Foreign firms in Japan struggle with local law practice
The American Lawyer.
The scaling back of local practice groups can be partially attributed to the ongoing effects global financial crisis and the weakness of the Japanese economy, but observers say that cultural differences and an inability to attract the best local talent also play a significant role.
Piyasena Perera, who was a partner at Allen & Overy in Tokyo between 2004 and 2011 and is now a senior foreign counsel at Japanese firm Anderson Mori & Tomotsune, said that some international firms, notably Morrison & Foerster, have managed to achieve a measure of success with their bengoshi practice. He says that MoFo’s top bengoshi, Fuyuo Mitomi, was the rare big-name Japanese lawyer willing to move to a foreign firm.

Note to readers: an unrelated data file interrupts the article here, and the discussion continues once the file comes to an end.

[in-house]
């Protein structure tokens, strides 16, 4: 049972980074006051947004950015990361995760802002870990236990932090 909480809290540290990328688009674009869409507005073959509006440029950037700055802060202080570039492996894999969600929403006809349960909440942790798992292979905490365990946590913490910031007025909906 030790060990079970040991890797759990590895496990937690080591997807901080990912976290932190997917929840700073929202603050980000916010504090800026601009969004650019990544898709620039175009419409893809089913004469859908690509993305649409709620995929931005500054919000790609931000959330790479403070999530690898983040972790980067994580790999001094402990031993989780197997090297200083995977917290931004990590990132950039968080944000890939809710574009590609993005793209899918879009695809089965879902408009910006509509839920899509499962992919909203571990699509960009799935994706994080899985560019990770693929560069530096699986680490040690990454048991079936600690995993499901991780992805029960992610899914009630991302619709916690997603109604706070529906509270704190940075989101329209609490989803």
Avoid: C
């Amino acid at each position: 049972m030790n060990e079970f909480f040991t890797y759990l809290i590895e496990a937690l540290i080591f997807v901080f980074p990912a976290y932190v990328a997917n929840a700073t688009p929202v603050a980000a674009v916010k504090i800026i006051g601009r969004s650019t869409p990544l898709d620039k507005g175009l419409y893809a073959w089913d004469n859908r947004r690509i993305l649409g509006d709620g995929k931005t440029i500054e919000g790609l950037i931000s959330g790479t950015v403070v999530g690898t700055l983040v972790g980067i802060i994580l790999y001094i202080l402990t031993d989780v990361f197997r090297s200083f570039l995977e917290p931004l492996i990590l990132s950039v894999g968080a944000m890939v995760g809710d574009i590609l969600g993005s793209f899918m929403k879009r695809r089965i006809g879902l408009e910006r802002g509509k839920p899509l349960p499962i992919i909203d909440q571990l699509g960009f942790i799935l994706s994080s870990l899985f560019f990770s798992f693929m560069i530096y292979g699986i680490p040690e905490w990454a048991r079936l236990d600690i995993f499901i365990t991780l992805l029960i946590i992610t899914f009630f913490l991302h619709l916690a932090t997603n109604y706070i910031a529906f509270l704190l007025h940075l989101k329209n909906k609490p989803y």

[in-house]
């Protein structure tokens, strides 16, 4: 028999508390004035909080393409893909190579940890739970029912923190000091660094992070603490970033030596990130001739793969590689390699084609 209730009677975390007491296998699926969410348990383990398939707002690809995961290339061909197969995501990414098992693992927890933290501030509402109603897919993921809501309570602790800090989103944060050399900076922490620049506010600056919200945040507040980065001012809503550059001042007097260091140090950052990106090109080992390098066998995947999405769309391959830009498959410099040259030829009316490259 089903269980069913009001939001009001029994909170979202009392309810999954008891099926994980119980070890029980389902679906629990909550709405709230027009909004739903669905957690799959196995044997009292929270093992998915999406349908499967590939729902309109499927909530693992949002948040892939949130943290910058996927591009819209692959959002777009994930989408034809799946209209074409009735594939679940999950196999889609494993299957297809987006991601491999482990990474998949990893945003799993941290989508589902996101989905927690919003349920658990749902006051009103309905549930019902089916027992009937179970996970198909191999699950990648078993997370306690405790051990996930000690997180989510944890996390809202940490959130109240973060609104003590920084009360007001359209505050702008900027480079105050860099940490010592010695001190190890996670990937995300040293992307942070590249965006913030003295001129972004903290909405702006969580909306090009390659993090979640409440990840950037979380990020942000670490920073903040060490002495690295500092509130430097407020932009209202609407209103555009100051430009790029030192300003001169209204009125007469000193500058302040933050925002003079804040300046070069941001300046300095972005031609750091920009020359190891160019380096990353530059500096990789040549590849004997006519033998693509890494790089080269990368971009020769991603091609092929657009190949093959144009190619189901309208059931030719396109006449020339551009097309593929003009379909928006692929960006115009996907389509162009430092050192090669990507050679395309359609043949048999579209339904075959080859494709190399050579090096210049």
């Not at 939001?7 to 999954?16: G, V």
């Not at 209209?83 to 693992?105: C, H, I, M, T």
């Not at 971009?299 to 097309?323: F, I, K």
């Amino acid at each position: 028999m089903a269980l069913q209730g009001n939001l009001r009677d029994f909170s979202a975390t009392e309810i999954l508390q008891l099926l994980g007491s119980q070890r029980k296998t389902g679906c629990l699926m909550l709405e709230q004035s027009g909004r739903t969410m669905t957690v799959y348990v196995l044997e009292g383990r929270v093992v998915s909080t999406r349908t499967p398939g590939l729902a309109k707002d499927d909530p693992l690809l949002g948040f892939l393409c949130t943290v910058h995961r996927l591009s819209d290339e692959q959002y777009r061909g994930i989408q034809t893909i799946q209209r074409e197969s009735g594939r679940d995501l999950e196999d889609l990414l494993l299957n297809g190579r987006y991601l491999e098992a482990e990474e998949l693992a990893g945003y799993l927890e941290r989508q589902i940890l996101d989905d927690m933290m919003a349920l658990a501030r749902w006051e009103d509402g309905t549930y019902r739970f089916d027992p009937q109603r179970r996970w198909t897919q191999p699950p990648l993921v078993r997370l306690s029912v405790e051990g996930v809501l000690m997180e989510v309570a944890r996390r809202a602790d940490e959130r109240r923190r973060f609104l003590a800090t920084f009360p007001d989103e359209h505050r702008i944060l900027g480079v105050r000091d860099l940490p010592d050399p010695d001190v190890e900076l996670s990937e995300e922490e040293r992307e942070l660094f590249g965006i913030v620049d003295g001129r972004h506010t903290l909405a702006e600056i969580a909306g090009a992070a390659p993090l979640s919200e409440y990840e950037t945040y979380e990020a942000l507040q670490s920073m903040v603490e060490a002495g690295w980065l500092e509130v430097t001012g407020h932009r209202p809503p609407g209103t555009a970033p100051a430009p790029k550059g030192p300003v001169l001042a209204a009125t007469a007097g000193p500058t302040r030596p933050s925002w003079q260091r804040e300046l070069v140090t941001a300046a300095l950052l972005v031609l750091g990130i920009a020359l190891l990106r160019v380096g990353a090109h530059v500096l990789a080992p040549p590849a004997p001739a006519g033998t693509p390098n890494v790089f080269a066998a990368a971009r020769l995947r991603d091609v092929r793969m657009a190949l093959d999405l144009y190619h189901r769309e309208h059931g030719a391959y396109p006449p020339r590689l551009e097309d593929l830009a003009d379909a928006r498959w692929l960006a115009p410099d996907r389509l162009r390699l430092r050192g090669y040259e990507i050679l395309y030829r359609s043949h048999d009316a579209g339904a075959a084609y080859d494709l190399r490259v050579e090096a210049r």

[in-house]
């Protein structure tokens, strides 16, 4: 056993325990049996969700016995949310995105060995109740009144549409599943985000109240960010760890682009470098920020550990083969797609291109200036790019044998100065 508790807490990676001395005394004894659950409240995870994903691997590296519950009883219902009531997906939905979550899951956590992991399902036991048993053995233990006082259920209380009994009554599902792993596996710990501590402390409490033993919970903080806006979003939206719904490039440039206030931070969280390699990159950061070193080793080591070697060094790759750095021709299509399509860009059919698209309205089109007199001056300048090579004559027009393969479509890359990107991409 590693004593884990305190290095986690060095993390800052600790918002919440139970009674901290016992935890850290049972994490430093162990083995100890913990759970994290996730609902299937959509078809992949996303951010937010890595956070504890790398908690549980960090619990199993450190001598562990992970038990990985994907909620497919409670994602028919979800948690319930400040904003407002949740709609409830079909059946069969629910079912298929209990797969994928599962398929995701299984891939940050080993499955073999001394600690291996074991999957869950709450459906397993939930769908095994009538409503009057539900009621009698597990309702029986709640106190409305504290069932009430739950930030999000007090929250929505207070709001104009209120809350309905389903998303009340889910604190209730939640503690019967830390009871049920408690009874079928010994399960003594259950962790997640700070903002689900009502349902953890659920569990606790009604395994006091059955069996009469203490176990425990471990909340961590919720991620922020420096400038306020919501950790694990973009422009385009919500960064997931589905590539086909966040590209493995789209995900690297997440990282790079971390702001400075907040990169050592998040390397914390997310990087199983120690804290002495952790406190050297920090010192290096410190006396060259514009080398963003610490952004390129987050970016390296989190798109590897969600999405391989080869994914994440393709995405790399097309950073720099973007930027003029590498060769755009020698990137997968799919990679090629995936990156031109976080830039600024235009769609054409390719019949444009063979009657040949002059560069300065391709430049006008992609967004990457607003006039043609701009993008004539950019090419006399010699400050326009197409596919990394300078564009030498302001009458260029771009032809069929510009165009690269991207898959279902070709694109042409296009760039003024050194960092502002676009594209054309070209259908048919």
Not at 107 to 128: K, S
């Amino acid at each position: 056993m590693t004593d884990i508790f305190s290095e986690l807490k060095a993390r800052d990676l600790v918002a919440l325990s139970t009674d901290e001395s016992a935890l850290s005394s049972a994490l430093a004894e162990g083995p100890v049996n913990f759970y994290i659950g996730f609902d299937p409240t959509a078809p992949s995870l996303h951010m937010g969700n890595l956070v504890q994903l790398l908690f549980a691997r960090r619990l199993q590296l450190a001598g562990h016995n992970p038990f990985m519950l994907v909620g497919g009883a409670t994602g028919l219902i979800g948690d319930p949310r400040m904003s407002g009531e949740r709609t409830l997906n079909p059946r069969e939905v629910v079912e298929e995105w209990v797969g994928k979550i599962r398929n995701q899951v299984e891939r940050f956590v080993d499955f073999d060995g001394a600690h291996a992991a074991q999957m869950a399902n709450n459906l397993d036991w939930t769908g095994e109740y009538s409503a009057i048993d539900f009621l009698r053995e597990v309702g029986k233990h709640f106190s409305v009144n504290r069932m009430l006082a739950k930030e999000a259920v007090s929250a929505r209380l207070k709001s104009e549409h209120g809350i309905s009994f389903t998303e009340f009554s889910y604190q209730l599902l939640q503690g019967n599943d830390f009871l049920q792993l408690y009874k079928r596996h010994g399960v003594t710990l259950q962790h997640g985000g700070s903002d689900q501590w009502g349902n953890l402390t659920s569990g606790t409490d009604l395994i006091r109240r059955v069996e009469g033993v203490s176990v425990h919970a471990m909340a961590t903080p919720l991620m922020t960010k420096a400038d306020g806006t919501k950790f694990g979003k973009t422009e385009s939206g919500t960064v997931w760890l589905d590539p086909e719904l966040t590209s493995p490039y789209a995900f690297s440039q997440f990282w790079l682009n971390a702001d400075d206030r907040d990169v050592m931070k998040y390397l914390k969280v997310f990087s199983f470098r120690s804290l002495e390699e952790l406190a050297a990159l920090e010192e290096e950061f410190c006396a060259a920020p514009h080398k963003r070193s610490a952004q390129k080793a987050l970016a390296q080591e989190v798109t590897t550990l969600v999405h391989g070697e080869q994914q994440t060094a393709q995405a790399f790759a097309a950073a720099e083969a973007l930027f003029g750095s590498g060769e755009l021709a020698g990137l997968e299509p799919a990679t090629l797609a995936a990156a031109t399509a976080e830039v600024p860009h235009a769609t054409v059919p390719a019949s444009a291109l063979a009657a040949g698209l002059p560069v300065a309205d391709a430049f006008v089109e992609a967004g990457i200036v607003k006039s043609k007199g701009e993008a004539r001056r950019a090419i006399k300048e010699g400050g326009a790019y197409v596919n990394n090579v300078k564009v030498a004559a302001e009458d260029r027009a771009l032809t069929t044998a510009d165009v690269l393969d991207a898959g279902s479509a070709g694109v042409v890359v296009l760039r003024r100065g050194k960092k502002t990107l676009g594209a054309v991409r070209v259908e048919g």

“Other places haven’t been able to attract that caliber of person,” he says.
Nishimura & Asahi partner Yoshinobu Fujimoto says Japanese lawyers are generally very loyal to their firms, and many are worried about facing cultural or language barriers at large international firms.